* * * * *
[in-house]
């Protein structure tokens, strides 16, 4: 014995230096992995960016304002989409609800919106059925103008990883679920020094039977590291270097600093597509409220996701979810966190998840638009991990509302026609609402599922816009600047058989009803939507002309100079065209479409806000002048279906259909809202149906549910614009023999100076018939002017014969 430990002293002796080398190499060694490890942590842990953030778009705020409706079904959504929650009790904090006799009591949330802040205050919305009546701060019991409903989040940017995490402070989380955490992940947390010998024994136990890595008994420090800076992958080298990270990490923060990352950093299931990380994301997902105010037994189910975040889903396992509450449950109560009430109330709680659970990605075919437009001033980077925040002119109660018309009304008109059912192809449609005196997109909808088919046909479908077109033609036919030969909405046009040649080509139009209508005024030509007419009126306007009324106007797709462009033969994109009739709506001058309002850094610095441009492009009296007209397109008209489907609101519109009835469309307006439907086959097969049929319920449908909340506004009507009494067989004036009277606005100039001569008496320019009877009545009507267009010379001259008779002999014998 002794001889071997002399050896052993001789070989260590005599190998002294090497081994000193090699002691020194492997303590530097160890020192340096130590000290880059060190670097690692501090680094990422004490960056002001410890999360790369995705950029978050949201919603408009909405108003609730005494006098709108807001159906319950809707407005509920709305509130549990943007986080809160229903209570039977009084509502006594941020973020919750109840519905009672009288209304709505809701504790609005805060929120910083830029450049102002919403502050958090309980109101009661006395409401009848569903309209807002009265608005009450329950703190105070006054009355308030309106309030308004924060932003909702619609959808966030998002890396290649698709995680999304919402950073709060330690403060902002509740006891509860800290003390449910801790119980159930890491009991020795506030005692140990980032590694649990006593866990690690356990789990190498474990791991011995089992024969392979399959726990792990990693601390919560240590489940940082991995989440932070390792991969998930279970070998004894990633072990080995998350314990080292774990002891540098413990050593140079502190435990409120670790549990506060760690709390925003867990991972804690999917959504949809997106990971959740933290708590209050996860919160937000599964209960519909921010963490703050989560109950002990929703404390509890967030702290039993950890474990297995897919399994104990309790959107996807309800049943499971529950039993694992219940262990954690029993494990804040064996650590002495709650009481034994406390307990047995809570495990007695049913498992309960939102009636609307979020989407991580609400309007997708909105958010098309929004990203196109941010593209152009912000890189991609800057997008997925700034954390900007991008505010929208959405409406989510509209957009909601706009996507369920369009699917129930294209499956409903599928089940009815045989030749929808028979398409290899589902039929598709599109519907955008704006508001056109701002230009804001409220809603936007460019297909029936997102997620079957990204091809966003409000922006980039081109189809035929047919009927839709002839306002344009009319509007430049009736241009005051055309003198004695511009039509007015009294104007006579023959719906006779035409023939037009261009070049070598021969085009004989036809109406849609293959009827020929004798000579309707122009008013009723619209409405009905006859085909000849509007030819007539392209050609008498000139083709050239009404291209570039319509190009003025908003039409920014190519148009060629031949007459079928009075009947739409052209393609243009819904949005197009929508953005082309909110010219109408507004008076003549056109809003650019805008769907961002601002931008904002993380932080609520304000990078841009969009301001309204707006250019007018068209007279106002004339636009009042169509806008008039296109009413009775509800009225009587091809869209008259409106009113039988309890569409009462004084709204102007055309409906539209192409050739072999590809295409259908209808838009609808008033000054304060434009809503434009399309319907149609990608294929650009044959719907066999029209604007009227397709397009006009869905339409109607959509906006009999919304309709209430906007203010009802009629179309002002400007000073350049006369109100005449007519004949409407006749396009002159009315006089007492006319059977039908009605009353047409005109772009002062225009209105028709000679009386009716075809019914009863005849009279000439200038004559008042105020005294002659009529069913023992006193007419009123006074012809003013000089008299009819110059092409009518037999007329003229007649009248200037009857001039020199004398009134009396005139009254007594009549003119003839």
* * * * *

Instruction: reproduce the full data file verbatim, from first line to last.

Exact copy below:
[in-house]
């Protein structure tokens, strides 16, 4: 014995230096992995960016304002989409609800919106059925103008990883679920020094039977590291270097600093597509409220996701979810966190998840638009991990509302026609609402599922816009600047058989009803939507002309100079065209479409806000002048279906259909809202149906549910614009023999100076018939002017014969 430990002293002796080398190499060694490890942590842990953030778009705020409706079904959504929650009790904090006799009591949330802040205050919305009546701060019991409903989040940017995490402070989380955490992940947390010998024994136990890595008994420090800076992958080298990270990490923060990352950093299931990380994301997902105010037994189910975040889903396992509450449950109560009430109330709680659970990605075919437009001033980077925040002119109660018309009304008109059912192809449609005196997109909808088919046909479908077109033609036919030969909405046009040649080509139009209508005024030509007419009126306007009324106007797709462009033969994109009739709506001058309002850094610095441009492009009296007209397109008209489907609101519109009835469309307006439907086959097969049929319920449908909340506004009507009494067989004036009277606005100039001569008496320019009877009545009507267009010379001259008779002999014998 002794001889071997002399050896052993001789070989260590005599190998002294090497081994000193090699002691020194492997303590530097160890020192340096130590000290880059060190670097690692501090680094990422004490960056002001410890999360790369995705950029978050949201919603408009909405108003609730005494006098709108807001159906319950809707407005509920709305509130549990943007986080809160229903209570039977009084509502006594941020973020919750109840519905009672009288209304709505809701504790609005805060929120910083830029450049102002919403502050958090309980109101009661006395409401009848569903309209807002009265608005009450329950703190105070006054009355308030309106309030308004924060932003909702619609959808966030998002890396290649698709995680999304919402950073709060330690403060902002509740006891509860800290003390449910801790119980159930890491009991020795506030005692140990980032590694649990006593866990690690356990789990190498474990791991011995089992024969392979399959726990792990990693601390919560240590489940940082991995989440932070390792991969998930279970070998004894990633072990080995998350314990080292774990002891540098413990050593140079502190435990409120670790549990506060760690709390925003867990991972804690999917959504949809997106990971959740933290708590209050996860919160937000599964209960519909921010963490703050989560109950002990929703404390509890967030702290039993950890474990297995897919399994104990309790959107996807309800049943499971529950039993694992219940262990954690029993494990804040064996650590002495709650009481034994406390307990047995809570495990007695049913498992309960939102009636609307979020989407991580609400309007997708909105958010098309929004990203196109941010593209152009912000890189991609800057997008997925700034954390900007991008505010929208959405409406989510509209957009909601706009996507369920369009699917129930294209499956409903599928089940009815045989030749929808028979398409290899589902039929598709599109519907955008704006508001056109701002230009804001409220809603936007460019297909029936997102997620079957990204091809966003409000922006980039081109189809035929047919009927839709002839306002344009009319509007430049009736241009005051055309003198004695511009039509007015009294104007006579023959719906006779035409023939037009261009070049070598021969085009004989036809109406849609293959009827020929004798000579309707122009008013009723619209409405009905006859085909000849509007030819007539392209050609008498000139083709050239009404291209570039319509190009003025908003039409920014190519148009060629031949007459079928009075009947739409052209393609243009819904949005197009929508953005082309909110010219109408507004008076003549056109809003650019805008769907961002601002931008904002993380932080609520304000990078841009969009301001309204707006250019007018068209007279106002004339636009009042169509806008008039296109009413009775509800009225009587091809869209008259409106009113039988309890569409009462004084709204102007055309409906539209192409050739072999590809295409259908209808838009609808008033000054304060434009809503434009399309319907149609990608294929650009044959719907066999029209604007009227397709397009006009869905339409109607959509906006009999919304309709209430906007203010009802009629179309002002400007000073350049006369109100005449007519004949409407006749396009002159009315006089007492006319059977039908009605009353047409005109772009002062225009209105028709000679009386009716075809019914009863005849009279000439200038004559008042105020005294002659009529069913023992006193007419009123006074012809003013000089008299009819110059092409009518037999007329003229007649009248200037009857001039020199004398009134009396005139009254007594009549003119003839």